The connected learning model, which is anchored in a large body of research on how youth are using social media, the internet and digital media to learn and develop expertise, also seeks to respond to deepening fears of a class-based “equity” gap in education that, without intervention, is likely to be accelerated by disproportionate access to technology and new forms of knowledge sharing.

Global Kids Presenting Today at Digital Media and Learning Conference 

Global Kids is thrilled to return today to the third annual Digital Media and Learning Conference, this year in San Francisco.

We will be presenting twice today. The first is a panel at 2:30 featuring our partners and our collaborators on Playing For Keeps, NYC Haunts, and Create 2 Learn:

New Report of Global Kids' Badging System in Atlanta 


In the Spring of 2011, Global Kids began working with the Epstein School in Atlanta, introducing them to the power, potential and perils of digital badging systems. Epstein identified nine subject areas to badge, and together we developed a strategy for running the badging system and rolling it out to the school in August, 2011.

Below is the mid-year report we delivered this past January to the funder, the Covenant Foundation. With the permission of both the school and Foundation, we share it below in the hopes of advancing our collective knowledge about the use of badging systems to support lifelong learning skills, both inside and outside formal educational settings.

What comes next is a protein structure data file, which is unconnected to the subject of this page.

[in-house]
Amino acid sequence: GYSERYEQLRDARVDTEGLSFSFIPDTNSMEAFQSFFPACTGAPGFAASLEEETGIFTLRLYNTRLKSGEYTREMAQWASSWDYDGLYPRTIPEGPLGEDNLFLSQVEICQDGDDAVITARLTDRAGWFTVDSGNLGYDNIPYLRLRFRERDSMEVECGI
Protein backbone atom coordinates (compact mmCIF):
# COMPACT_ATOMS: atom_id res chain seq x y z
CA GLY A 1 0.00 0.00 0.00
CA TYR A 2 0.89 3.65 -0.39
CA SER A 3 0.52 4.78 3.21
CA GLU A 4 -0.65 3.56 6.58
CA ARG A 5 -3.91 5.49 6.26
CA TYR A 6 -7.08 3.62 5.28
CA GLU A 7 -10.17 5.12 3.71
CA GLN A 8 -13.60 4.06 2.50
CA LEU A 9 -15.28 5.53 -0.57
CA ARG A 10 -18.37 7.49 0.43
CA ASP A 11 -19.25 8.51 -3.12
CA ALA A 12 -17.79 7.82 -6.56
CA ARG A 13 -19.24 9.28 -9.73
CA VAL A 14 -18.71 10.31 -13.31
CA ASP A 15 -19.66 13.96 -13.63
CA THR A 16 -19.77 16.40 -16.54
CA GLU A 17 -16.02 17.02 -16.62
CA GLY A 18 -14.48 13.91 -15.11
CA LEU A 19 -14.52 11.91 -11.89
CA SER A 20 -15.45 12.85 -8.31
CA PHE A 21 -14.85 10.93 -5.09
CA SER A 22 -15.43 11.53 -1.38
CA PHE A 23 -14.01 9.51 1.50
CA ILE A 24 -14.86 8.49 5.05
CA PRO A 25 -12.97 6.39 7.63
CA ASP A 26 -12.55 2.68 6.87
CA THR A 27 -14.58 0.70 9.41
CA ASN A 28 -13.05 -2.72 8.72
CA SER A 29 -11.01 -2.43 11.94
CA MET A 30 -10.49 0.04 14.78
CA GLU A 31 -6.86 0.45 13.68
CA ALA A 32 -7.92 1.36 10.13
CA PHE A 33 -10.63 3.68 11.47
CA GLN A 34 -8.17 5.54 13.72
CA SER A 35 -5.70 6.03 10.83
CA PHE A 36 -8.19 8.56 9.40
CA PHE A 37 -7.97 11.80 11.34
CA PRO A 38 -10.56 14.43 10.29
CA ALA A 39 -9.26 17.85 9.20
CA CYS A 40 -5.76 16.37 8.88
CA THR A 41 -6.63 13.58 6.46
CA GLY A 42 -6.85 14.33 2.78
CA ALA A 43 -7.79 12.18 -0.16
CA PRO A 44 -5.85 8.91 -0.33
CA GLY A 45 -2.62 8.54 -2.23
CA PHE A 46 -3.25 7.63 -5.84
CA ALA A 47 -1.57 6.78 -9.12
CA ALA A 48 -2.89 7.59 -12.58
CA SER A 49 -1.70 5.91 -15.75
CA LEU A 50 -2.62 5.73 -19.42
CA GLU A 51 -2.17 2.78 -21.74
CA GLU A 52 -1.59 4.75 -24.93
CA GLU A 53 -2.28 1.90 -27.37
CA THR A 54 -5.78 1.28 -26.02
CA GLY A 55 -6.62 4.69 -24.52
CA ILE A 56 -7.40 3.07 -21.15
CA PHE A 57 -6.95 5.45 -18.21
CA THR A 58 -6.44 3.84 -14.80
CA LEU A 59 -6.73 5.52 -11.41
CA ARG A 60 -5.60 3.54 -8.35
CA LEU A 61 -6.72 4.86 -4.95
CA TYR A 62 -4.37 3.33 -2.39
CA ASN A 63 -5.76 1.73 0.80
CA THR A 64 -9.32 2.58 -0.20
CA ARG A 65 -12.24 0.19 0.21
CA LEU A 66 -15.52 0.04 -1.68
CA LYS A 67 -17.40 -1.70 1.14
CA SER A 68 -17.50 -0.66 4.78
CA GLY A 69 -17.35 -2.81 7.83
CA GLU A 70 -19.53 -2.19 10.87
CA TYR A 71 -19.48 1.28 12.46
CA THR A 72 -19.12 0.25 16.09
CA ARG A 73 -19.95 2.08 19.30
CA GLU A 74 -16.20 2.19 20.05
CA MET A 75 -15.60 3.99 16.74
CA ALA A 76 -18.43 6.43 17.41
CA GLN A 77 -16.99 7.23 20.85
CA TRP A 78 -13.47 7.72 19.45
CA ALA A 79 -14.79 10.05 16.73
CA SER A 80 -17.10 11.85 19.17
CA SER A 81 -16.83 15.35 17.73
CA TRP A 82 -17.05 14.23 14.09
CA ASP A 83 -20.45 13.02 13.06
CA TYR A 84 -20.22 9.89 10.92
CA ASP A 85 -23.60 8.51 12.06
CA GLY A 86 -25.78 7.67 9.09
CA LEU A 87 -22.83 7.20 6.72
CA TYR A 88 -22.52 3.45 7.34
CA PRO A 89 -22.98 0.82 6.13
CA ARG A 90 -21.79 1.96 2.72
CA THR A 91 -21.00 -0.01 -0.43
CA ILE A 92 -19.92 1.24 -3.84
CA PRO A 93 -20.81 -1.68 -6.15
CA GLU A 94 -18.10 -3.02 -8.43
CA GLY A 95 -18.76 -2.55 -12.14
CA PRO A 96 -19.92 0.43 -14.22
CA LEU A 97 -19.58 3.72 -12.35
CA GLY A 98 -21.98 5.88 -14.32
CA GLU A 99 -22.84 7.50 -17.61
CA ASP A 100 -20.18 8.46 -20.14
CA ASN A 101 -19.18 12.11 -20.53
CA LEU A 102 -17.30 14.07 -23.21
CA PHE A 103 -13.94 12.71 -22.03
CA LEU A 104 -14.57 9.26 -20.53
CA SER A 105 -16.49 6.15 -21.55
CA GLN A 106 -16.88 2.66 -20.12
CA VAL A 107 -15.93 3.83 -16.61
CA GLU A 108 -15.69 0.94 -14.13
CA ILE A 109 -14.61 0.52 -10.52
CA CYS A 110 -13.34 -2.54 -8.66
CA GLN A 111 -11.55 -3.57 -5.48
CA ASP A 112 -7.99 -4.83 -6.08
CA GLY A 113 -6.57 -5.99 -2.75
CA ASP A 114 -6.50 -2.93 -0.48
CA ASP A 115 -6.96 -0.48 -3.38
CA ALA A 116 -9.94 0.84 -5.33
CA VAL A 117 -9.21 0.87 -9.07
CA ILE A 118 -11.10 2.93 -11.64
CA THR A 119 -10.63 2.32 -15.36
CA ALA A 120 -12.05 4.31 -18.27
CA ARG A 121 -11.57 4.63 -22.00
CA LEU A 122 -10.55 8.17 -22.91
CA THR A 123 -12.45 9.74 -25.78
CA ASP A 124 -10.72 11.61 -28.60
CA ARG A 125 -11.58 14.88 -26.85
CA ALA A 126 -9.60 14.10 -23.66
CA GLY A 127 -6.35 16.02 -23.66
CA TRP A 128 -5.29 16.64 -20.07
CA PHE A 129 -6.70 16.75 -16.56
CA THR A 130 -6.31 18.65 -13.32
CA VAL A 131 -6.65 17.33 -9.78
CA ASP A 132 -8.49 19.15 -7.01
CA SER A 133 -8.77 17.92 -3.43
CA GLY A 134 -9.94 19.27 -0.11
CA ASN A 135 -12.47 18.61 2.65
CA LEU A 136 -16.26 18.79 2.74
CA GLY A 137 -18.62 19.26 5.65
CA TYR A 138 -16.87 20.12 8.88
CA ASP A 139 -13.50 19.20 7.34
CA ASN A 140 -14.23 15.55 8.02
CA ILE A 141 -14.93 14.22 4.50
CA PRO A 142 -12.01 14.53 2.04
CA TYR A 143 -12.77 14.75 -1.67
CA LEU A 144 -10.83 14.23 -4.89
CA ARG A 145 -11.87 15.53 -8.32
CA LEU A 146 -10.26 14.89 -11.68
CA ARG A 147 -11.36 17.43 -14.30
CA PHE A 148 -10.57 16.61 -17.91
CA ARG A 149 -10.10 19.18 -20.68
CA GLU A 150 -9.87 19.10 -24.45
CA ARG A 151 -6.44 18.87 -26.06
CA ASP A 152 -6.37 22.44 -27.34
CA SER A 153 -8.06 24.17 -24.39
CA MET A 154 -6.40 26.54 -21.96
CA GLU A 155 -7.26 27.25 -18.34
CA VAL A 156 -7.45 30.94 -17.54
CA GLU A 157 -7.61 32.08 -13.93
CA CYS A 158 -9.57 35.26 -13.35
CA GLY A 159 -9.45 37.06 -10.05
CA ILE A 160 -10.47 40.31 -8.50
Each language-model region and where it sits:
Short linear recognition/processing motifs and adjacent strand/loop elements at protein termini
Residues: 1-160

Download file

To learn more about other badging programs at GK, please explore the links below:
Below are a number of resources which highlights Global Kids’ educational use of badges over the past three years:

P4K Focused on Promoting Peace 

Yesterday, the youth leaders in Playing For Keeps finally decided on the topic for their first AMD Social Impact Game Design Challenge, which we are producing with E-Line Media on their Gamestar Mechanic platform.

After debating the importance and game-potential of a variety of topics, the youth finally decided on ending war. But what does that mean, exactly? And how do you clearly describe that to others? Below are some of the sheets they produced as they worked through the process to determine the content for and name for their first challenge: Playing for Peace: